New ’Mu Variant’ From Colombia Could Be Vaccine Resistant - WHO
By Staff, Agencies
The World Health Organization [WHO] is closely monitoring the emergence of a new variant of the novel coronavirus, the Mu variant, which has already been spreading through South America and has shown signs of possible vaccine resistance.
First identified in January 2021 in Colombia, the Mu variant has seen sporadic cases emerge throughout South America and Europe.
Globally, the variant accounts for less than 0.1% of all cases worldwide. However, the WHO has noted that it has become considerably more prevalent in Colombia and Ecuador, where it accounts for approximately 39% and 13% of respective cases.
Further research is needed to accurately verify if this new variant, also known by the designations VUI-21JUL-01 and B.1.621, could be resistant to vaccines. The WHO is still monitoring it as a Variant Of Interest, as there are several mutations, two of which were designated E484K and K417N, suggesting it could resist immune defenses in a similar manner to the Beta variant found in South Africa.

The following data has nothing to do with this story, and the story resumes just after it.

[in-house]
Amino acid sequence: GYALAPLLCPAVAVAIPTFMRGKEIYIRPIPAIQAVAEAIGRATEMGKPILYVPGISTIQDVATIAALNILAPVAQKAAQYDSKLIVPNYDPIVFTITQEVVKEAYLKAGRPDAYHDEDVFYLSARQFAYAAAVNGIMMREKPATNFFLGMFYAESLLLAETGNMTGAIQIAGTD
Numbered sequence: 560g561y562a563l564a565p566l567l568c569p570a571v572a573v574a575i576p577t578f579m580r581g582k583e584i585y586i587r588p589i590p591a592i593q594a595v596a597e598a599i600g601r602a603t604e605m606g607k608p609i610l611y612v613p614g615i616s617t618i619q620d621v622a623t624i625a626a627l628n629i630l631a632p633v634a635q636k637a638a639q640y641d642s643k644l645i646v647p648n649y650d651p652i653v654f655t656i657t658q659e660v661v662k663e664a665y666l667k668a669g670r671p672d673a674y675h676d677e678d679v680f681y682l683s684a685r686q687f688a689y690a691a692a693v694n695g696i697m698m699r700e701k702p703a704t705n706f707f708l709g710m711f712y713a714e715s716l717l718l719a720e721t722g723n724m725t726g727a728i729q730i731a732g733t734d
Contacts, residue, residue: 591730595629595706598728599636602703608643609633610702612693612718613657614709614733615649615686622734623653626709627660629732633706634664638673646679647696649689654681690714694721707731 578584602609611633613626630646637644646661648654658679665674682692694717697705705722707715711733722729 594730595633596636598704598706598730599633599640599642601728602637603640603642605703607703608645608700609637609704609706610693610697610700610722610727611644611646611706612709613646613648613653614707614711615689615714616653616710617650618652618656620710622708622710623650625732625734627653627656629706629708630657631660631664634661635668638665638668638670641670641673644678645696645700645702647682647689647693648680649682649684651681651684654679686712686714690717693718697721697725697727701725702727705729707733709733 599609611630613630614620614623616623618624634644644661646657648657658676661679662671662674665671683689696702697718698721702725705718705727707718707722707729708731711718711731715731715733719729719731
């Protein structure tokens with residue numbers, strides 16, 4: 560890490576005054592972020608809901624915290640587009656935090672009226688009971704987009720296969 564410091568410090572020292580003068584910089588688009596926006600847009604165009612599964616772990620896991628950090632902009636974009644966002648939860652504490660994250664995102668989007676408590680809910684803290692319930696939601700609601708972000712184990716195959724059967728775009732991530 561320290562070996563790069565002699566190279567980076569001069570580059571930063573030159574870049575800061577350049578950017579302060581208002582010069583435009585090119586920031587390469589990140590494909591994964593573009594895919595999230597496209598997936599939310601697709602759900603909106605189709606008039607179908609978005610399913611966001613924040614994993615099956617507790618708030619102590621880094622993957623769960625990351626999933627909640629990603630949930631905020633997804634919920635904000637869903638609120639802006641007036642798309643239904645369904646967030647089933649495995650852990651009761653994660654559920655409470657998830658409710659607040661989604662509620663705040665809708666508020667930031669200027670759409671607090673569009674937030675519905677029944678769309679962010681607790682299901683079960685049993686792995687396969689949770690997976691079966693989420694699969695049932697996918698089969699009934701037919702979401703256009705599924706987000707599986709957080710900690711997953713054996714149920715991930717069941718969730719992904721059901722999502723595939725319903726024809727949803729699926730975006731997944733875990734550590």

Another mutation found, dubbed P681H, has also caused some concern, as this could make the variant more infectious, similar to the Alpha variant found in the UK, according to The Guardian.
However, it isn't clear if this is in fact more contagious than other variants, with an August report by Public Health England [PHE] noting that “At present, there is no evidence that VUI-21JUL-01 is outcompeting the Delta variant and it appears unlikely that it is more transmissible.”
The Mu variant has been detected in some 40 countries so far, including the UK, US, Hong Kong and in Europe, and could spread further.
The coronavirus pandemic originated in Wuhan, China, and has since spread worldwide. Over the past two years, the disease has infected hundreds of millions of people, and the global death toll is estimated at around 4.5 million.